China has already made substantial moves in pushing forward their de-dollarization campaign. In July, China permitted Argentina to utilise Chinese yuan for a portion of its International Monetary Fund (IMF) debt payment through an extended and expanded swap agreement. Further, China denounced the use of USD for mutual trade with Brazil early this year, and proposed the establishment of an Asian Monetary Fund (AMF) to reduce dependence on the IMF.

Currently, the USD is as strong as ever amidst BRICS’ proposition for de-dollarization. This situation presents challenges for countries that have borrowed in dollars, particularly in less economically developed countries (LEDCs). Their currency, during the transition, might depreciate or fluctuate, leading to volatility in exchange rates and increasing debt burden. Criticism has emerged from several of these nations, asserting that institutions like the IMF and World Bank demonstrate a Western bias. Instances such as G7 favouritism during the COVID-19 crisis, where their vaccine hoarding was overlooked, further support this claim. Vijay Prashad points out that the Western financial systems have limited global efficacy and emphasises the Global South's desire for equitable participation.

The G7

The consequences of de-dollarization are far-reaching and multifaceted. One of the most immediate impacts could be the devaluation of the US dollar, as reduced global demand for it may weaken its value. This, in turn, might trigger shifts in trade dynamics, as countries may increasingly opt for alternative currencies or transaction mechanisms in their international trade agreements, challenging the longstanding dominance of the US dollar in global commerce. The fluctuations in borrowing costs are another crucial implication, especially for governments that have issued debt in US dollars. As they endeavour to reduce their dollar exposure, converting such debt into their own currency or other stable denominations could introduce currency risk, leading to unpredictable servicing costs due to exchange rate movements.

Furthermore, the diversification away from US Treasury securities, traditionally considered a safe asset, can disrupt the demand for US government debt, potentially influencing interest rates in the United States, which has broader implications for the global financial market. These changes could also have ripple effects on inflation and deflation rates, as well as the overall stability of diverse economies, bringing uncertainties into monetary policy decisions. In addition to these economic consequences, the geopolitical implications of de-dollarization should not be underestimated, as it could reshape the balance of global economic power and influence the relationships between nations.

Realistically, enormous effort and time would be necessary for BRICS to create a dollar alternative. The challenge of a new reserve currency rivalling the dollar, backed by the US' economic size and credibility, appears nearly insurmountable. It is thus reasonable to conclude that the dominance of the US dollar is unlikely to be threatened immediately. As evidenced by the recent BRICS conference in Johannesburg, South Africa, the efforts to reduce dollar dependence have not yielded instant results, though there is a consensus to shift away from the dollar for trade settlements and promote the use of local currencies in international trade. There have been instances of this shift before, such as India employing China's yuan to purchase Russian crude and utilising rupees for oil purchases from the UAE. However, it is important to note that these developments account for only a fraction of global trade, and even though Saudi Arabia's pricing of oil exports to China and India in non-dollar currencies marks a notable shift, the dollar's status as the preferred international currency remains largely intact.

The collective GDP of the combined countries, with the inclusion of the trillion-dollar economy of Saudi Arabia, surpasses that of the G7 nations. Moreover, when considering purchasing power parity, the BRICS economies slightly outweigh those of the G7. This economic prowess places the BRICS nations at the forefront of global economic dominance. However, it's important to note that within both these groups, it is primarily the contributions of the United States and China that significantly shape these statistics. These dynamics underscore the fact that while the G7 and the BRICS, whether expanded or in their original form, possess considerable economic might, yet they may not be optimally equipped to address today's complex global challenges.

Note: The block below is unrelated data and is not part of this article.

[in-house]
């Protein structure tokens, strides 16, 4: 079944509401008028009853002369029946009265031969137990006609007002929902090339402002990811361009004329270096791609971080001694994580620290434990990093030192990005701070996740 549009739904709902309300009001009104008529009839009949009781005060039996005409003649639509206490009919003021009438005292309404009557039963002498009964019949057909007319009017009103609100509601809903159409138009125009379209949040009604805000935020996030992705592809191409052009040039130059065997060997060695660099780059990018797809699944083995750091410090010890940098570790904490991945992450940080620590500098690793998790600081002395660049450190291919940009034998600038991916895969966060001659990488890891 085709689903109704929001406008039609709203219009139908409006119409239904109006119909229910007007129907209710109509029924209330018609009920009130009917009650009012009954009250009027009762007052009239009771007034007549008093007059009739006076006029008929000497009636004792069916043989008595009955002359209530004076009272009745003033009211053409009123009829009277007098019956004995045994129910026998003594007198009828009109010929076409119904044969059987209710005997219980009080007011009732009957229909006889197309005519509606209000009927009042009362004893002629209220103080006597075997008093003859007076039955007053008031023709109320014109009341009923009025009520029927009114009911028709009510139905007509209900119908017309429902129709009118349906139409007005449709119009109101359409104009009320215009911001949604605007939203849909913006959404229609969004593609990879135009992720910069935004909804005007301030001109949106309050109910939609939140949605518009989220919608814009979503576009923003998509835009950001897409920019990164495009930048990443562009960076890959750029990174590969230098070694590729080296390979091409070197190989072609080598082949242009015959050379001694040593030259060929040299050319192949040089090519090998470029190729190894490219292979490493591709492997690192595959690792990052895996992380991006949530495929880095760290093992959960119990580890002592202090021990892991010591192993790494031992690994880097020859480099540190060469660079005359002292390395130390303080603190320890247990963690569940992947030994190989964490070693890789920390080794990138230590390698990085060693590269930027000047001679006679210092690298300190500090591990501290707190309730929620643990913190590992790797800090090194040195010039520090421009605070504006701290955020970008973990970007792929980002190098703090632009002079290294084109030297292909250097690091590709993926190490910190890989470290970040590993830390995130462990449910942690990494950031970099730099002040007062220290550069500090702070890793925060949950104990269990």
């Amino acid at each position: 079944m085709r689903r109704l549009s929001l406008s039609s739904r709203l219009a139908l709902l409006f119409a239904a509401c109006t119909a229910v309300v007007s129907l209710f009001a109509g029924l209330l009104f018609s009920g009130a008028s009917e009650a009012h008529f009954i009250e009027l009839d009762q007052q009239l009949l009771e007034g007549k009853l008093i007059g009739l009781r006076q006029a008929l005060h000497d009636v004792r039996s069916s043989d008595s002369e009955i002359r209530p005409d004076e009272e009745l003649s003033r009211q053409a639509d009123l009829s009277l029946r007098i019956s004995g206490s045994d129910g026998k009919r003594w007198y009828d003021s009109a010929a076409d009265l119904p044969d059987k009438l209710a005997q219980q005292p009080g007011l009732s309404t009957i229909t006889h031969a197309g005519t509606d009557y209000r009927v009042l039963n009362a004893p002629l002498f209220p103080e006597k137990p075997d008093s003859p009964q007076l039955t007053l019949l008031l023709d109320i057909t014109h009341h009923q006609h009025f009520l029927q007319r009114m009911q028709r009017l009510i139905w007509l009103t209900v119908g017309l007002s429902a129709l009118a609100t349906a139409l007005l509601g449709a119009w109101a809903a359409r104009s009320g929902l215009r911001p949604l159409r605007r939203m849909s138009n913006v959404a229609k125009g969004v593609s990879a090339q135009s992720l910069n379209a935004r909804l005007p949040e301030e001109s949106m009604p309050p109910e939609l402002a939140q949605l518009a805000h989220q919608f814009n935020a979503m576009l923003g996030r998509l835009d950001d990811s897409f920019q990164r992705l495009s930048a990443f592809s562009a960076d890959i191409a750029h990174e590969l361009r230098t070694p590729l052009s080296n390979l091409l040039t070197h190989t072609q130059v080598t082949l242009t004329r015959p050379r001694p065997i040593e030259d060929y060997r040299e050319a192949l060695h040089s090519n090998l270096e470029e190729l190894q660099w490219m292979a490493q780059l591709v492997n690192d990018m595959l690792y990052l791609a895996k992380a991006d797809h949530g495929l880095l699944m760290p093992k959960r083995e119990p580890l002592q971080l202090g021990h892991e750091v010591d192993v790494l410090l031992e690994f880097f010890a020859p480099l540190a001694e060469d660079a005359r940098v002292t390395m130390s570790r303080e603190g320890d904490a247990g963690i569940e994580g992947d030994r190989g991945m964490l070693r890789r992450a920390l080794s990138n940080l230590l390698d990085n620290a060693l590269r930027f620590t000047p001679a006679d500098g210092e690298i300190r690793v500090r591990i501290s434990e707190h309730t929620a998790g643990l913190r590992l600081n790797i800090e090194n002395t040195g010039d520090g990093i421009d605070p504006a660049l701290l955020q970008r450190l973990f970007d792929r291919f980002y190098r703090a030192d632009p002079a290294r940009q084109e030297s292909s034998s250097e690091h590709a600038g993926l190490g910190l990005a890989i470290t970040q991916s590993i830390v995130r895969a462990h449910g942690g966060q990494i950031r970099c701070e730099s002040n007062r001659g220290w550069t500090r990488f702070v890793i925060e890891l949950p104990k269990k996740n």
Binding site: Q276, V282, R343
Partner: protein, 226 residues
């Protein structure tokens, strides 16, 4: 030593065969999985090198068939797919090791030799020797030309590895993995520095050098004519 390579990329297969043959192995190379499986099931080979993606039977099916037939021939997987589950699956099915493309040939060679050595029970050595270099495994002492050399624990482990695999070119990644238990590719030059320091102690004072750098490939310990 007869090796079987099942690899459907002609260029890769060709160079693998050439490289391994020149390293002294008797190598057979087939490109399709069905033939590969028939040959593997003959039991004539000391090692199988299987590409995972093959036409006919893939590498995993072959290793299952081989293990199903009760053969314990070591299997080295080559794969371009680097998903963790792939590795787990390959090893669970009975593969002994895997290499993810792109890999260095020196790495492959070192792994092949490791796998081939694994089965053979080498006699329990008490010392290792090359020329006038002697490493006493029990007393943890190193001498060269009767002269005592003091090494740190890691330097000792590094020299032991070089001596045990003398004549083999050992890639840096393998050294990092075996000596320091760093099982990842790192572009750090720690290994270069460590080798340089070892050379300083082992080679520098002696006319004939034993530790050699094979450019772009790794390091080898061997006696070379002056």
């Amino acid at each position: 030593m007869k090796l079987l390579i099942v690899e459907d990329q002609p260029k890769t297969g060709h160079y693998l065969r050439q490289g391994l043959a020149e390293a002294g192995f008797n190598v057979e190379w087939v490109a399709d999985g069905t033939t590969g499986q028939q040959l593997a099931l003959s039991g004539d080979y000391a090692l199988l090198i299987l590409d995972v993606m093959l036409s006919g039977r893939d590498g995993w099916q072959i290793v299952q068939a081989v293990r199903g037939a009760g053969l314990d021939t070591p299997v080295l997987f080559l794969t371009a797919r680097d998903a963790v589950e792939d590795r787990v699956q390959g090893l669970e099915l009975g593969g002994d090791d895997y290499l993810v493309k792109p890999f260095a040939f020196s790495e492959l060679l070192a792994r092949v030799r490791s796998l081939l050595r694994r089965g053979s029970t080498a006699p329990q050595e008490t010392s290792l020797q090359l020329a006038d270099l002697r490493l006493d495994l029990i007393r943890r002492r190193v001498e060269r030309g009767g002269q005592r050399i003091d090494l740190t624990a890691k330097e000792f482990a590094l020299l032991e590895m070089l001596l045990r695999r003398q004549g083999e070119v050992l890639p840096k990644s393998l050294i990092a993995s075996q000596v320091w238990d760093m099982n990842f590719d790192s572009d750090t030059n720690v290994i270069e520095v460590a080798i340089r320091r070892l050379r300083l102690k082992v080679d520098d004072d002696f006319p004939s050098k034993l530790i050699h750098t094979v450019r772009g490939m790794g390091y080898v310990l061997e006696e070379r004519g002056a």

Beyond addressing trade agreements following the Russian invasion of Ukraine and establishing the New Development Bank to offer loans without stringent conditions, there appears to be little substantial action from BRICS— and the G7 alike. O’Neill argues for the inevitable resurgence of the G20, emphasising its crucial role in fostering economic growth, managing international trade, addressing climate change, pandemic prevention, and more, but only if the US and China can cooperate to reinstate its central position. Notably, President Xi Jinping was absent from the recently concluded G20 summit hosted in India. Instead, Premier Li Qiang of the Communist Party represented China, potentially impacting opportunities for compromise and consensus.

In light of these developments, how should the US respond? Is it necessary for the US to adopt a foreign policy stance against BRICS?

Disregarding BRICS is no longer a viable approach for the US, particularly as BRICS tends to coalesce when US global interests are at stake. With interest in BRICS growing among 40 countries, including nations like Algeria, Bolivia, Indonesia, and Cuba, all looking to engage in development finance and boost trade and investment, there is potential for further expansion. The international desire to join BRICS prompts a thorough reconsideration of Washington's foreign policy strategy.

Rather than adopting an antagonistic stance towards BRICS, the US could adopt a more welcoming approach, being prepared to provide a greater voice to countries of the Global South. This approach would foster the development of mutually beneficial relationships, promoting better alignment between Global South countries and the United States. Echoing this sentiment, experts like Mihaela Papa et al. from the Fletcher School emphasise that formulating a comprehensive BRICS policy could lead to a reimagined US foreign policy, ensuring the United States maintains a strong position with its contribution to and alignments with an increasingly multipolar world.

Edited by Thenthamizh SS and Nandini Sarin